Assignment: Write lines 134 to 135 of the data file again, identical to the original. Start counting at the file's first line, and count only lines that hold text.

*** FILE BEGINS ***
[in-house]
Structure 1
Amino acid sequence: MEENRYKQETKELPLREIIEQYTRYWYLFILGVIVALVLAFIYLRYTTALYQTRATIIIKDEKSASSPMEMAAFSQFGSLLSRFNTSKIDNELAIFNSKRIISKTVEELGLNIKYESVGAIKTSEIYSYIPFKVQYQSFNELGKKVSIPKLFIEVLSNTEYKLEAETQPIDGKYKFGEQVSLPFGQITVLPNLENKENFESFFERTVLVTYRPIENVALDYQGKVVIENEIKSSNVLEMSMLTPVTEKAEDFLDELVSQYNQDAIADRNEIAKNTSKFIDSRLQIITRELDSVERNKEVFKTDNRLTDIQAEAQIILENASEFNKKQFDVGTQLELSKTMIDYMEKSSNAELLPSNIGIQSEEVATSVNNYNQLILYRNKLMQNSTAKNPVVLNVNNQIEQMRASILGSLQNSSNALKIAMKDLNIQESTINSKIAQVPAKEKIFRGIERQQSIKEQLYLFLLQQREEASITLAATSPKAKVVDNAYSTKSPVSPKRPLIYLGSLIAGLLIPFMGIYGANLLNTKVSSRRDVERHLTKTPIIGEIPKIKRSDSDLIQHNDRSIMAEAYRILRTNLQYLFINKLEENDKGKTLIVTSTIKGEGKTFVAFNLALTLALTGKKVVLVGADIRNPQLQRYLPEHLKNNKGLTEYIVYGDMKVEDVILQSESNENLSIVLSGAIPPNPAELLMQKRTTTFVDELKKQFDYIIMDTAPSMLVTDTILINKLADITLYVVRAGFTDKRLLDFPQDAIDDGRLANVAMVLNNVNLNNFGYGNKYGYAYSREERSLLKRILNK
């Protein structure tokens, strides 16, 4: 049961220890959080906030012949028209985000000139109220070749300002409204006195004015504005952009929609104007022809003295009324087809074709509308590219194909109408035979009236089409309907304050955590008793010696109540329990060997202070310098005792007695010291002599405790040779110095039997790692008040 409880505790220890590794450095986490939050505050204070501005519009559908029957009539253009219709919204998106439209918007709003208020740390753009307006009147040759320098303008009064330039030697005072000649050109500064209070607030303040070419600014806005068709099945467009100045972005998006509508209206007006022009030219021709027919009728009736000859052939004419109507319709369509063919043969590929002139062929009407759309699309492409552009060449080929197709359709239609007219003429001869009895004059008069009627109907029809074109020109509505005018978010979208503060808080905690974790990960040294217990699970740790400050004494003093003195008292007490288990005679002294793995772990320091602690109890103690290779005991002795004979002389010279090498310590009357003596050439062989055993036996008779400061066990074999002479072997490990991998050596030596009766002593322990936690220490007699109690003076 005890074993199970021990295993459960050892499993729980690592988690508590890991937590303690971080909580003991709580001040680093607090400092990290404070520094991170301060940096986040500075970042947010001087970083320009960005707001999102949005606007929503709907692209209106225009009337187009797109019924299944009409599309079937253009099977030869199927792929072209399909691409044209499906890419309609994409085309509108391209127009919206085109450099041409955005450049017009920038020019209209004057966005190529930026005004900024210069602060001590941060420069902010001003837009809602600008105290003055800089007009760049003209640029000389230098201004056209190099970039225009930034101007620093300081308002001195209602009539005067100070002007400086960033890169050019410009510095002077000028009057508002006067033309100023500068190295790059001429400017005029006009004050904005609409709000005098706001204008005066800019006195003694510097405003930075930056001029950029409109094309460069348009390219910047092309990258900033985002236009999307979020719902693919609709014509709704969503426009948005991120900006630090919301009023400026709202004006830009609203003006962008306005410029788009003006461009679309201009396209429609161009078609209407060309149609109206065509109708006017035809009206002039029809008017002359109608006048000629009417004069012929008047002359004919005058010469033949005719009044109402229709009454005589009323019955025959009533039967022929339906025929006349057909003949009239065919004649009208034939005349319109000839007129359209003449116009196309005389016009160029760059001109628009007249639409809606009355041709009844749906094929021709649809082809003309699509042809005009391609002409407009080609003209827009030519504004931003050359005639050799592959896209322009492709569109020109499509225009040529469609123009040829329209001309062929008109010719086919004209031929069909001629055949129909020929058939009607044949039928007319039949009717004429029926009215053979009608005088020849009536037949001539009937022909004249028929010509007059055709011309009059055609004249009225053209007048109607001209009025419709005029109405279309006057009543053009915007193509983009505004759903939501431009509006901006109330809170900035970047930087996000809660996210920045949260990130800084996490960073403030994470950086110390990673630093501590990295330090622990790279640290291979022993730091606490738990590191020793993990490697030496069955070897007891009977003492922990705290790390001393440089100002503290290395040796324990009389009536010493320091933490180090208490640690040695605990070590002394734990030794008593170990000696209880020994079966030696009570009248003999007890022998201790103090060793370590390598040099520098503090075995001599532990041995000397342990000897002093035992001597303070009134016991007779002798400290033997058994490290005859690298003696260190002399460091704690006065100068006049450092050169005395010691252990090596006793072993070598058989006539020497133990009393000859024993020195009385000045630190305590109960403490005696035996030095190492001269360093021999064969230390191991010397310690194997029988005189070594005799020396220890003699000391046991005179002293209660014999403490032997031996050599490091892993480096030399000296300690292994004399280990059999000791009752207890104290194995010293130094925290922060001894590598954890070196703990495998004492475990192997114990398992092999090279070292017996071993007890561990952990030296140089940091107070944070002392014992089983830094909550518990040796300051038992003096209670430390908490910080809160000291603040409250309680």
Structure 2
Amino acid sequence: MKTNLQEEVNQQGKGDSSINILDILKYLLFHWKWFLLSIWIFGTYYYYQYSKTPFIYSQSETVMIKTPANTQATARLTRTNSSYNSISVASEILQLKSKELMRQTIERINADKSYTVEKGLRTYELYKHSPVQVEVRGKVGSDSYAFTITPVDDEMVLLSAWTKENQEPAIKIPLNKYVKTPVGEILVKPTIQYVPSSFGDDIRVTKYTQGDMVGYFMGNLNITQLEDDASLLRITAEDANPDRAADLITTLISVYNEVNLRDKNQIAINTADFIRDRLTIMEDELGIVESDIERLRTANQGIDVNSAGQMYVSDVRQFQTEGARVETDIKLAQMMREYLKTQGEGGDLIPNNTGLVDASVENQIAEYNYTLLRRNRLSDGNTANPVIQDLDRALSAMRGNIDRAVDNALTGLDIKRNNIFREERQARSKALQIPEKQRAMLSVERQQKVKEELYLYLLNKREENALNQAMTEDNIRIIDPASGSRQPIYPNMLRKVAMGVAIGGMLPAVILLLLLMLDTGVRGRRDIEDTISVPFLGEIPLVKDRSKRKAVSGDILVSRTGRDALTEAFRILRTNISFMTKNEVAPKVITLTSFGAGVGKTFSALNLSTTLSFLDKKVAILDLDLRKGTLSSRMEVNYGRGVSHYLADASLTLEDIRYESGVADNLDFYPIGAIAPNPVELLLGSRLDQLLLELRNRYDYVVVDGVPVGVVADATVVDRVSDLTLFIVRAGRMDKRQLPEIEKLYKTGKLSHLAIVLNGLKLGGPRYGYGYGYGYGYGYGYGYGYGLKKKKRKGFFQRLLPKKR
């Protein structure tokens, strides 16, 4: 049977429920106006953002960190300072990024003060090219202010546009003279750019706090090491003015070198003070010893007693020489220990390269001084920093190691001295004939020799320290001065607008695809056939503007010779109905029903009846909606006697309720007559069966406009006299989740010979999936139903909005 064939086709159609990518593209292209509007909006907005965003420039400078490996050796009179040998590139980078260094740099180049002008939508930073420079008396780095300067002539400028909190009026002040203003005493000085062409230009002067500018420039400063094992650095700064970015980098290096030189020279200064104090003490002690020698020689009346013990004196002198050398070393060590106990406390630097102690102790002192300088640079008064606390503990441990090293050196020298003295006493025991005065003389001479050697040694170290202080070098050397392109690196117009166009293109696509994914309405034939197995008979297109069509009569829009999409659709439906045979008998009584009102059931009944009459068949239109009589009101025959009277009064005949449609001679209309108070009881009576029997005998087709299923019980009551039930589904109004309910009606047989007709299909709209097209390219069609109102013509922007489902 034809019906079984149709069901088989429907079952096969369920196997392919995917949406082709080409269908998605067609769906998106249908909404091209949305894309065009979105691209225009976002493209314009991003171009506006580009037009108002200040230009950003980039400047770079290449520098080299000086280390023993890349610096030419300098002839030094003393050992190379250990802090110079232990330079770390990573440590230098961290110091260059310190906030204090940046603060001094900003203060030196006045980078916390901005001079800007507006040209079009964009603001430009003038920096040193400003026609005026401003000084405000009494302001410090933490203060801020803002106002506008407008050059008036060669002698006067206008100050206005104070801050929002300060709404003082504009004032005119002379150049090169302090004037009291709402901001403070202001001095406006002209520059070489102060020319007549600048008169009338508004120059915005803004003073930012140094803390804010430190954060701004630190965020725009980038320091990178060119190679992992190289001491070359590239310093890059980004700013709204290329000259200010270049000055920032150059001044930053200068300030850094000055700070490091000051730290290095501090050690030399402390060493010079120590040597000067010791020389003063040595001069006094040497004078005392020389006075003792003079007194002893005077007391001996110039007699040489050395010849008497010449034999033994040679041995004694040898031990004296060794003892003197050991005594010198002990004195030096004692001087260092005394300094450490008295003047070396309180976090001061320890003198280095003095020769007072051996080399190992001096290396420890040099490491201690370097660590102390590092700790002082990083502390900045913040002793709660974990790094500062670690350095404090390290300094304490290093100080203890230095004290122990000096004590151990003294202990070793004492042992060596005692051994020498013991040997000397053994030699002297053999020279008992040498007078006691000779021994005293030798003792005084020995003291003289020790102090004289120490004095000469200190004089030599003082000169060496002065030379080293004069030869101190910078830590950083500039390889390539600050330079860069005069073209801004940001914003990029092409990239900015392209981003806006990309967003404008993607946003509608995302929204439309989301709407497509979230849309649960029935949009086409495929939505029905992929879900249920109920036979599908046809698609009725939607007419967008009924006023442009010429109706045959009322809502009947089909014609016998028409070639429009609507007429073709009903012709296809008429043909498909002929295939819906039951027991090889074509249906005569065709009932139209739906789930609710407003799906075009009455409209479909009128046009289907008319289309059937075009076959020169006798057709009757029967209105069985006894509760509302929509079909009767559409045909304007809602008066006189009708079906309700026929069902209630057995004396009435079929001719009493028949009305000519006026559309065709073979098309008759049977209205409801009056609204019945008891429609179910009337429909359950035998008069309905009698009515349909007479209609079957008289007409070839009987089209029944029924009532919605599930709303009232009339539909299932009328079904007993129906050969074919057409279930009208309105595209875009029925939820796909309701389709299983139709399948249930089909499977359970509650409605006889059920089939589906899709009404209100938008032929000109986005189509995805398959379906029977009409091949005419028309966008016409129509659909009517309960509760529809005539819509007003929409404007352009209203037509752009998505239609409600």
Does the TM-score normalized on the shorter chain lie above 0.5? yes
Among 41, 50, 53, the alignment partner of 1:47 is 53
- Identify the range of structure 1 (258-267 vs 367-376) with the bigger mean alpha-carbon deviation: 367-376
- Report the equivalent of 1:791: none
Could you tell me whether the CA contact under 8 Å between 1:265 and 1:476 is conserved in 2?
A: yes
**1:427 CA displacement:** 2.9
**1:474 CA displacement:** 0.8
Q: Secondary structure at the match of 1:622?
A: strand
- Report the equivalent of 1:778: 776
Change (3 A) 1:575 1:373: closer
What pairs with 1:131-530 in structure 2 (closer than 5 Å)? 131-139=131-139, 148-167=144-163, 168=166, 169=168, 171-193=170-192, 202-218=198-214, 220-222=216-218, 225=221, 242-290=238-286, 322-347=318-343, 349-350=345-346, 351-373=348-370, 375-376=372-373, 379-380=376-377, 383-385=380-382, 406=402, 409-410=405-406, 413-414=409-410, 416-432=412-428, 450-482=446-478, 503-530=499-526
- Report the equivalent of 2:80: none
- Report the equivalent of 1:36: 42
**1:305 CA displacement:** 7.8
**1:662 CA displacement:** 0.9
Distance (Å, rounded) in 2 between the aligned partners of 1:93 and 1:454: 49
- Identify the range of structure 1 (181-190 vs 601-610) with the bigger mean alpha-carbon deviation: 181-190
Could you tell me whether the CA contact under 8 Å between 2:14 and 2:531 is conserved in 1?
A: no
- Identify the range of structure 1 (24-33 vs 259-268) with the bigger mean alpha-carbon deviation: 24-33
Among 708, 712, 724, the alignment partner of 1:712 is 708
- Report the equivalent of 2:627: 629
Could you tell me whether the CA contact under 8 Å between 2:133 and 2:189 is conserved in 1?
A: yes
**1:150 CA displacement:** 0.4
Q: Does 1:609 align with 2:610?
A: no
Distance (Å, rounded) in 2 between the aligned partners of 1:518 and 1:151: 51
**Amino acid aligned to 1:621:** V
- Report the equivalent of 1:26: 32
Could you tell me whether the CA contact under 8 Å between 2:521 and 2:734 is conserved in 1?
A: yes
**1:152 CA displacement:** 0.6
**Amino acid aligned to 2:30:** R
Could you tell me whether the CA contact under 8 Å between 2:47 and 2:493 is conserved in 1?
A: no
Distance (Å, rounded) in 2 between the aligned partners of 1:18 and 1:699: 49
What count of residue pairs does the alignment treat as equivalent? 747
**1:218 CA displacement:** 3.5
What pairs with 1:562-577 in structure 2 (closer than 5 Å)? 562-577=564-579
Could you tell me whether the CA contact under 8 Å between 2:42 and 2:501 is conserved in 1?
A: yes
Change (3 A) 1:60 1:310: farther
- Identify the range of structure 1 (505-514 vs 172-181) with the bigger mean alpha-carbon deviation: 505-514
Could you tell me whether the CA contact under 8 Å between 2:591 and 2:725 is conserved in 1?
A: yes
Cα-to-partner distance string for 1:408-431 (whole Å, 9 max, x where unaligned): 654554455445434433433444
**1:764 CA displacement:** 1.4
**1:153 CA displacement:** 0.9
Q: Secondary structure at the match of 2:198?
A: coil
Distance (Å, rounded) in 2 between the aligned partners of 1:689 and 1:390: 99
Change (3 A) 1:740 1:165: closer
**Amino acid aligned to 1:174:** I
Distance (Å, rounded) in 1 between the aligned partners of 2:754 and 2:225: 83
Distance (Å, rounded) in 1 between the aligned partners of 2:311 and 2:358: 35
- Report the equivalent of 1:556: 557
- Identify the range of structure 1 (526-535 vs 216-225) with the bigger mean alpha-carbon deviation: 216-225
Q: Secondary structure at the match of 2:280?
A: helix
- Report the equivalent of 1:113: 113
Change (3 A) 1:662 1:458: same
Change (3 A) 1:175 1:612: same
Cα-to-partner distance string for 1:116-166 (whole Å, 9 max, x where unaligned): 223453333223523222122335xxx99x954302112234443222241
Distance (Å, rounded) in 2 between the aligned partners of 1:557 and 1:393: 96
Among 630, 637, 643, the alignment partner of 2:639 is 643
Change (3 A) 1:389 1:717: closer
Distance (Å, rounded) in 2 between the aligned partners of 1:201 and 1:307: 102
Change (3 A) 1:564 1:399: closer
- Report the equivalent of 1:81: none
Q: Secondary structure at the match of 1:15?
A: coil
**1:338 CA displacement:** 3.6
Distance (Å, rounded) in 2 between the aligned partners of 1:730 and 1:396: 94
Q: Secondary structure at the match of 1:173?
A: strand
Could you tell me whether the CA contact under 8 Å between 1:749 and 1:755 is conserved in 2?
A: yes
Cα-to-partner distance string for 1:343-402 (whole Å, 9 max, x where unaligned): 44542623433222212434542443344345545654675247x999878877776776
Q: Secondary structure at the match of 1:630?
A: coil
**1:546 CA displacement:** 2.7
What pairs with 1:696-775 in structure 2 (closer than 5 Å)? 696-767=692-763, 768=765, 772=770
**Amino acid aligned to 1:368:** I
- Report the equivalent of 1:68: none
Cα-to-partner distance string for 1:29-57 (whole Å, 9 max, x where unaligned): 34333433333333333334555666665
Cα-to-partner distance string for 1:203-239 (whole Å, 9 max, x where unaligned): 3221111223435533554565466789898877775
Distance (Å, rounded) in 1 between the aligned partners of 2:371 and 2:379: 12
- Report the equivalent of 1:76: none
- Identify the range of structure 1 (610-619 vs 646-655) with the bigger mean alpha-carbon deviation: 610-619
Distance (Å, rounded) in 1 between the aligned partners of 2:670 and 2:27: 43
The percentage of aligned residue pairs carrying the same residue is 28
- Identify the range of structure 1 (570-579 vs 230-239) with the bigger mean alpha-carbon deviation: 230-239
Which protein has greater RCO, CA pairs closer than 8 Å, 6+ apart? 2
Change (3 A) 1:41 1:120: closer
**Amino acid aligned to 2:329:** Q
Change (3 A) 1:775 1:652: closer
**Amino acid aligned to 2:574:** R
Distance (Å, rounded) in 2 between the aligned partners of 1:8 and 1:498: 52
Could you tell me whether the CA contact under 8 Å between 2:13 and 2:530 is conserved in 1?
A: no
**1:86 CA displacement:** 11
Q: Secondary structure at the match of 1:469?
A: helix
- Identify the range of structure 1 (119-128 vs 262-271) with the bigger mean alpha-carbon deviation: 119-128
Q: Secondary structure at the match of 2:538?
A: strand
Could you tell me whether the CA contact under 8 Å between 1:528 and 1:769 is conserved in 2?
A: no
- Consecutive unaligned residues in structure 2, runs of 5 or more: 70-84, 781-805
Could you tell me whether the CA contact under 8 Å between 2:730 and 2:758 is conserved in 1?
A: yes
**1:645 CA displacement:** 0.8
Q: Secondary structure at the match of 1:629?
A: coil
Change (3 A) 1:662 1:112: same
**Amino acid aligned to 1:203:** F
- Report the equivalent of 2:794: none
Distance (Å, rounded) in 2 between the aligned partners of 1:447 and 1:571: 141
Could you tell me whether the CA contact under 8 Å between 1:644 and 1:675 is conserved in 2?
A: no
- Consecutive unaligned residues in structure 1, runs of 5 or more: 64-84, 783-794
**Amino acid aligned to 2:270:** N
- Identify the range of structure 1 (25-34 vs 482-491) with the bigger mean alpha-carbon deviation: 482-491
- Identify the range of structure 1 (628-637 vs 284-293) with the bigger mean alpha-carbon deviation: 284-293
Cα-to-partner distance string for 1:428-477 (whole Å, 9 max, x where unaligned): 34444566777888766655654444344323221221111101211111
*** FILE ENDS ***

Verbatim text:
- Identify the range of structure 1 (628-637 vs 284-293) with the bigger mean alpha-carbon deviation: 284-293
Cα-to-partner distance string for 1:428-477 (whole Å, 9 max, x where unaligned): 34444566777888766655654444344323221221111101211111